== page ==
Your First Draft Sucks, and That’s OK

When I was eighteen, I met my first authors and it was life changing. I had always loved books and loved writing, but I’d seen it as a hobby. It wasn’t until Libba Bray and Shannon Hale sat down at their Barnes and Noble event in Miami, pastry stickers wrapped around their heads like tiaras, that I realized it was an actual career. By the time they launched into a joint rendition of Total Eclipse of the Heart, I was sold on being an author.



When the time came for the audience to ask questions, awkward eighteen year old me timidly raised her hand and asked the question she’d been rehearsing in her mind for days: “How do you beat writer’s block?”

Now, this was almost ten years ago, so unfortunately I can’t remember their advice verbatim (though I’m sure it was equal parts brilliant and hilarious) but I do remember the bit that stuck with me: Writer’s block is the fear that you’re going to write badly and the only way to beat it is to write anyway.

I have to remind myself of this a lot when I’m working on first drafts (or–as they’re more aptly known now–zero drafts). All too often, I find myself staring at a blank Scrivener document, terrified to start typing because I’m sure that whatever I write will be awful. And the truth is, if just might be, and that’s okay because it’s a first draft.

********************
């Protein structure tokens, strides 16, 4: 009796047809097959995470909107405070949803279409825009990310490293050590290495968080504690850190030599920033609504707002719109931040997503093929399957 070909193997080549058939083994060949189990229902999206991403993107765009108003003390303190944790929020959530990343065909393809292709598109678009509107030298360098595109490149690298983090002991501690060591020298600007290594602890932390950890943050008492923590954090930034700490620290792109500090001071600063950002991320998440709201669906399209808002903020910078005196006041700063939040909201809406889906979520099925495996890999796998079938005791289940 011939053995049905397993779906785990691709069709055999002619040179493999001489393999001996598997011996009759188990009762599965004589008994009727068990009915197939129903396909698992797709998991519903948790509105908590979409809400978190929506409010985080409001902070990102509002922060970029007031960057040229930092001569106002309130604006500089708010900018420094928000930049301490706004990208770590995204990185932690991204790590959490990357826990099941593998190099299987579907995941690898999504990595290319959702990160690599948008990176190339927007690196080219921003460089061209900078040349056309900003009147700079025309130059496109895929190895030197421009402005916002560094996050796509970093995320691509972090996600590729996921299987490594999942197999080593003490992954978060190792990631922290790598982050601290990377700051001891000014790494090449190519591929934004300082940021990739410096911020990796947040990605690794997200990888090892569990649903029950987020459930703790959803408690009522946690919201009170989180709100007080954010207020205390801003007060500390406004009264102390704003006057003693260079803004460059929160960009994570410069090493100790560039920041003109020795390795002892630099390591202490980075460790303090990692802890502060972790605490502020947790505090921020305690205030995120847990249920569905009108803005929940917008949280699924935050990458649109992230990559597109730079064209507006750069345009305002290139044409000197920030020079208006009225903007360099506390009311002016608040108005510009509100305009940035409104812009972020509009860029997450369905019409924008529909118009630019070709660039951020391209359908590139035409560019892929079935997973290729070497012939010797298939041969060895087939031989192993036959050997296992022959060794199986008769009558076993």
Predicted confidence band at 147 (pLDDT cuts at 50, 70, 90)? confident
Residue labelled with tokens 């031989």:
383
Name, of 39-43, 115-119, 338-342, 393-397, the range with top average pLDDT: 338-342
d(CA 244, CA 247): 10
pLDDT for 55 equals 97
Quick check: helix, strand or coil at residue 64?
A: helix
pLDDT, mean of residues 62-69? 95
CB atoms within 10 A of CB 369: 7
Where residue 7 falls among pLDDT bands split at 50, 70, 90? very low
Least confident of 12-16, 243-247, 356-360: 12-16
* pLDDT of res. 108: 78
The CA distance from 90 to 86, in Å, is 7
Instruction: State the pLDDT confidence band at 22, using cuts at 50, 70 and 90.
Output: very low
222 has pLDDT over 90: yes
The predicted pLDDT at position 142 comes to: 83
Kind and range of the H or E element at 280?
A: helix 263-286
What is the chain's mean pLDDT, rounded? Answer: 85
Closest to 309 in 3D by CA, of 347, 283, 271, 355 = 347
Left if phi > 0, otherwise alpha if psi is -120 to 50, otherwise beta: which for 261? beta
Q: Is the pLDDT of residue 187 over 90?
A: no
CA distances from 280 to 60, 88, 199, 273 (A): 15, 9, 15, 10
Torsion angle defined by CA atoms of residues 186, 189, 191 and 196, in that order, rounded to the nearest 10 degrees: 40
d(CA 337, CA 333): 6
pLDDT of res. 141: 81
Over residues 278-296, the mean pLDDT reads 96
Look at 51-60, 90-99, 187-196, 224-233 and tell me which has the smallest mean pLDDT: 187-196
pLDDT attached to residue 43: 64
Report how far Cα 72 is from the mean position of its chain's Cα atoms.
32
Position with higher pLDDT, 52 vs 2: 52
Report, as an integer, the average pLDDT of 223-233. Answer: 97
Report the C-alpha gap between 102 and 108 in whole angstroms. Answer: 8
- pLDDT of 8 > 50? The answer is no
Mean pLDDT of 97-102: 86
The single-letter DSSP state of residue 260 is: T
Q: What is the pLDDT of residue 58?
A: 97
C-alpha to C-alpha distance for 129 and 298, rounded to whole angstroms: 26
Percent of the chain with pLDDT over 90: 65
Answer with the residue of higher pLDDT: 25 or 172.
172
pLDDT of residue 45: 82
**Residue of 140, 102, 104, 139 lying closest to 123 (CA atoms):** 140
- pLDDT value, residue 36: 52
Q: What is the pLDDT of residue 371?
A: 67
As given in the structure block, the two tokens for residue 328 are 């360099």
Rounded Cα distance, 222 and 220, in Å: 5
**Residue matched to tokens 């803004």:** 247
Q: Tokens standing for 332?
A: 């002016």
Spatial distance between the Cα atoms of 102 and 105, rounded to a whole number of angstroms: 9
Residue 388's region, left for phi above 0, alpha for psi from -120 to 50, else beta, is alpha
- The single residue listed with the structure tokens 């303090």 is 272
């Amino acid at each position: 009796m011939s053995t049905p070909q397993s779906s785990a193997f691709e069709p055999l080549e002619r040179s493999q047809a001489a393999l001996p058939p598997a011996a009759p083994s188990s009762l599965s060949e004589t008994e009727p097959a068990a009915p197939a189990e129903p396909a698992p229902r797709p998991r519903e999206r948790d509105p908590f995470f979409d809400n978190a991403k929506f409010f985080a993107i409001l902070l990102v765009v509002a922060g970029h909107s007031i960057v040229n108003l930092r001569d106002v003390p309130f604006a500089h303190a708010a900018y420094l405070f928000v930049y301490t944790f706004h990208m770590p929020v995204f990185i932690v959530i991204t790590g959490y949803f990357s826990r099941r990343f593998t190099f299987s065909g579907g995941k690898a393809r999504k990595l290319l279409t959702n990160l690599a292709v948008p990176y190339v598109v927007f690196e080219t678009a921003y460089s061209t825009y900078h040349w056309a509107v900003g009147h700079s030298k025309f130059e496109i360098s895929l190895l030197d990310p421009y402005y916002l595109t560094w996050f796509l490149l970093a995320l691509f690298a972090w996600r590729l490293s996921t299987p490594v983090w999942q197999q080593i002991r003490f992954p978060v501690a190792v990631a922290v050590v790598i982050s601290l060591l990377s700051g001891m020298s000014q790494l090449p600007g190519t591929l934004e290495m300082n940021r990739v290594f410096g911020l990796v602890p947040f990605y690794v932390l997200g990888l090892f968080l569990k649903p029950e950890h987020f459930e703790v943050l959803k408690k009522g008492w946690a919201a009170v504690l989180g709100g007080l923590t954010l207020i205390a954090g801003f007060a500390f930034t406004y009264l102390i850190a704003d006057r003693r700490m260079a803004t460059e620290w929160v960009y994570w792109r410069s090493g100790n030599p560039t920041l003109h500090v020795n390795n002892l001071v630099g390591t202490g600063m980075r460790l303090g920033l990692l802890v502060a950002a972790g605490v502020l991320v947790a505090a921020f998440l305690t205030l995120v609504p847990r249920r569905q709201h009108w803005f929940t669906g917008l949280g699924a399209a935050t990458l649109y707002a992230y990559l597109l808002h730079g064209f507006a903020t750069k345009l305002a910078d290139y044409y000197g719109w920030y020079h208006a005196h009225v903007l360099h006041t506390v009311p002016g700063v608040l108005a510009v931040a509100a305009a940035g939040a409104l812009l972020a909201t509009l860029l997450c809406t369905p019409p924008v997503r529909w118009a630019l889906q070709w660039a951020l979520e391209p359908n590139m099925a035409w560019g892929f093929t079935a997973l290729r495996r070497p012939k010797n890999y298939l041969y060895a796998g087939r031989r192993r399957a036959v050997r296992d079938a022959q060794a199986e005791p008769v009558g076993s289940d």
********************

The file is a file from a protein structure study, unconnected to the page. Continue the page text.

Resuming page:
I like to think of the drafting process like sketching (though not literally because the best sketching I can do is a stick figure).

First, you just need to get down the shapes. There will be way too many lines guiding your way. It will be flat. You probably won’t even be able to tell what you’re really looking at unless you squint REALLY hard. But that’s the ground work, it doesn’t need to be pretty.

In the next draft, you can erase some of those guides–you don’t need them once you get your bearings in the world and the story. You smooth out the shapes so that they start looking like Things. Your characters go from faceless lumps to real people who stand out from a crowd–who love and hate and want and fear. You can look at your story as a whole and know what you’re seeing. Maybe there are recurring themes you hadn’t realized were there. Maybe that character you wrote as a one off is actually way more important than you realized.

Now that you’ve got a solid structure, the fun starts. It’s time to add color and bring it to life. Shade some parts, highlight others. Chiaroscuro. (I went to art school just so I could use that word. Worth it, I guess?) You can make your characters so real, so flawed and human, that they could almost walk right out of the pages. Choices that were black and white in that first draft take on more nuance and complications. Motivations shift and sharpen. The world unfurls and grows until it feels as real to you as this one.

So yes, your first draft sucks, but that’s okay. Let it suck. Get the words down, tell yourself the story however you can. Later, you’ll turn it into art.

Congrats on making it through all that! Your reward is a rare, embarrassing photo of awkward eighteen year old me, meeting my idols.



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